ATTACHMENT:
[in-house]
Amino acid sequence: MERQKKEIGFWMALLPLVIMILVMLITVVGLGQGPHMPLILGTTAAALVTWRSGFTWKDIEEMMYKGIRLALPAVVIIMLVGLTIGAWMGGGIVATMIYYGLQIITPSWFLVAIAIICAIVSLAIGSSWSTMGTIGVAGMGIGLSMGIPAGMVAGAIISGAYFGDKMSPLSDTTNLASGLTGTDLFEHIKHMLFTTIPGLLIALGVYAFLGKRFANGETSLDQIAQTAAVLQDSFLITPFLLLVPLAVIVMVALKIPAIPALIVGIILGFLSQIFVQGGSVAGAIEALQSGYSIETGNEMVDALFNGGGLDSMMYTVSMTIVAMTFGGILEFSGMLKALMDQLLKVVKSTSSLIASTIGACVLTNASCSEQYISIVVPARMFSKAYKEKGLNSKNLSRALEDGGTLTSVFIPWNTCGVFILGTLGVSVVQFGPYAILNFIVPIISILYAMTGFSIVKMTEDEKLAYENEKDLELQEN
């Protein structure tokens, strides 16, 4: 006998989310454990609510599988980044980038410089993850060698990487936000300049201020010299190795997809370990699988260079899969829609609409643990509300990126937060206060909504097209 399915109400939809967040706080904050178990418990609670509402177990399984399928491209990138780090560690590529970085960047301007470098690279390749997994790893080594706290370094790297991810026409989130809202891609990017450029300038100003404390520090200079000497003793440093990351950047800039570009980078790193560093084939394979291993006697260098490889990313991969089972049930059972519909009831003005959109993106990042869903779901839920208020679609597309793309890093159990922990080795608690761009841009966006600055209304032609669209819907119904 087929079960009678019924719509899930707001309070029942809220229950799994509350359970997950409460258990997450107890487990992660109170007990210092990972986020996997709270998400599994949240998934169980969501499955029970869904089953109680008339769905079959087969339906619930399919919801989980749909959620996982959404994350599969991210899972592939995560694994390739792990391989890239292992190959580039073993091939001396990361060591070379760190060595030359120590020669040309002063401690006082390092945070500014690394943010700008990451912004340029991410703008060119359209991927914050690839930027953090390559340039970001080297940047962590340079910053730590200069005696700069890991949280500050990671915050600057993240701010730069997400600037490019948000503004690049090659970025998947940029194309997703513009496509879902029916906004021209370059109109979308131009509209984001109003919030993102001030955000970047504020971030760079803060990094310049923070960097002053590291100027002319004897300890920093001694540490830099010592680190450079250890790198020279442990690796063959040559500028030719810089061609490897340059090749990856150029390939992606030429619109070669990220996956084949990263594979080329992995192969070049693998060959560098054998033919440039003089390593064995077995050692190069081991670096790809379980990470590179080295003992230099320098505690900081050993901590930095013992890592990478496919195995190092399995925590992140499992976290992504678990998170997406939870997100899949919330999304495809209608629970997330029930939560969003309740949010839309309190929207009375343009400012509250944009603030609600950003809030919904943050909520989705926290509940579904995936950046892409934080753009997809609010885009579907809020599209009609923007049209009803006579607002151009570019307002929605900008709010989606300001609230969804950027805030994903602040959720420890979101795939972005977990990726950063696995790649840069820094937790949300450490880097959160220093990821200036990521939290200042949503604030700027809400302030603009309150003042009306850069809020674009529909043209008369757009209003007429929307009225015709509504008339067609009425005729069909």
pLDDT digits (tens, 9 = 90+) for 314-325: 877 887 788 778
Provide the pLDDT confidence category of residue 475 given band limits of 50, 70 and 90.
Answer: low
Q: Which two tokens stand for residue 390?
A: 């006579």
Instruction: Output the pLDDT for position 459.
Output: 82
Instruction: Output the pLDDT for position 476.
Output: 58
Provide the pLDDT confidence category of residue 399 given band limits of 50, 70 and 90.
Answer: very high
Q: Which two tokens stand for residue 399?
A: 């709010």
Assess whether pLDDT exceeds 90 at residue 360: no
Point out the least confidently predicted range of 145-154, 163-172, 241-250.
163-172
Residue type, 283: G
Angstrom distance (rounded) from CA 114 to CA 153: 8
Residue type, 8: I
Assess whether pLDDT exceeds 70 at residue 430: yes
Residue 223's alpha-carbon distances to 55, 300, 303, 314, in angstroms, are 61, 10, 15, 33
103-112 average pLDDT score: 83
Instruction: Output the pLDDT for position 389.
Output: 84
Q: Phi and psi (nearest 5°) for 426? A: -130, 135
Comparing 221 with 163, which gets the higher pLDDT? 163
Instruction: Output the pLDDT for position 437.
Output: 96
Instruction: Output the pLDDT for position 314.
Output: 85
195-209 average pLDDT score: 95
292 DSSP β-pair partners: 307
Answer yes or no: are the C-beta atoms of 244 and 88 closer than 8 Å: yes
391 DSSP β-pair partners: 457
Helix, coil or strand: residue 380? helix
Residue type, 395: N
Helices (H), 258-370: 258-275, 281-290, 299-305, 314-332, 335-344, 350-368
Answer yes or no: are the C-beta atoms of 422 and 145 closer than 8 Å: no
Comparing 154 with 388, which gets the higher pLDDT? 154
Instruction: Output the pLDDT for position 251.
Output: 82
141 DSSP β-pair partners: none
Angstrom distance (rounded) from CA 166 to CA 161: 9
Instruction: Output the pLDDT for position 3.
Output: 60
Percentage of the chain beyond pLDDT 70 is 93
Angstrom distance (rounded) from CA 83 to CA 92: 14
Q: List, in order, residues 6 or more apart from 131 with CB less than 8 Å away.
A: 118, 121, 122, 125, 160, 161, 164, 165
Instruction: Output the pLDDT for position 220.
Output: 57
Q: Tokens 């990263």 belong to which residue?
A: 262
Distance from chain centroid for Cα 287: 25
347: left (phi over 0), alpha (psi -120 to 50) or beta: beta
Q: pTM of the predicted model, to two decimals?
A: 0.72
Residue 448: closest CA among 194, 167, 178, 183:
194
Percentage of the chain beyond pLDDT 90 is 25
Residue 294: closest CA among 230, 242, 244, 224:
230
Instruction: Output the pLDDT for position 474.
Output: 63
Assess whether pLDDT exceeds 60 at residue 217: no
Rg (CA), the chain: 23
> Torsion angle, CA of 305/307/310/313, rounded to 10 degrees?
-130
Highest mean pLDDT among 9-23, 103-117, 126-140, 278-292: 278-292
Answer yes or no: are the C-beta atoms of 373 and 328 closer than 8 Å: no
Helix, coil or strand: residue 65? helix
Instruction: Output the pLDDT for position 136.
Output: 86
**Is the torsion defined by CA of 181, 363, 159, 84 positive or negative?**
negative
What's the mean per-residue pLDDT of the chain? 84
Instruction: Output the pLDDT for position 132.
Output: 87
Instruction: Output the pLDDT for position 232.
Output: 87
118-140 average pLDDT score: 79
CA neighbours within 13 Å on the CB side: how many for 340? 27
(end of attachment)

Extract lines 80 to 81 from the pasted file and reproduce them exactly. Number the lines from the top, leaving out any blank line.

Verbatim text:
Instruction: Output the pLDDT for position 132.
Output: 87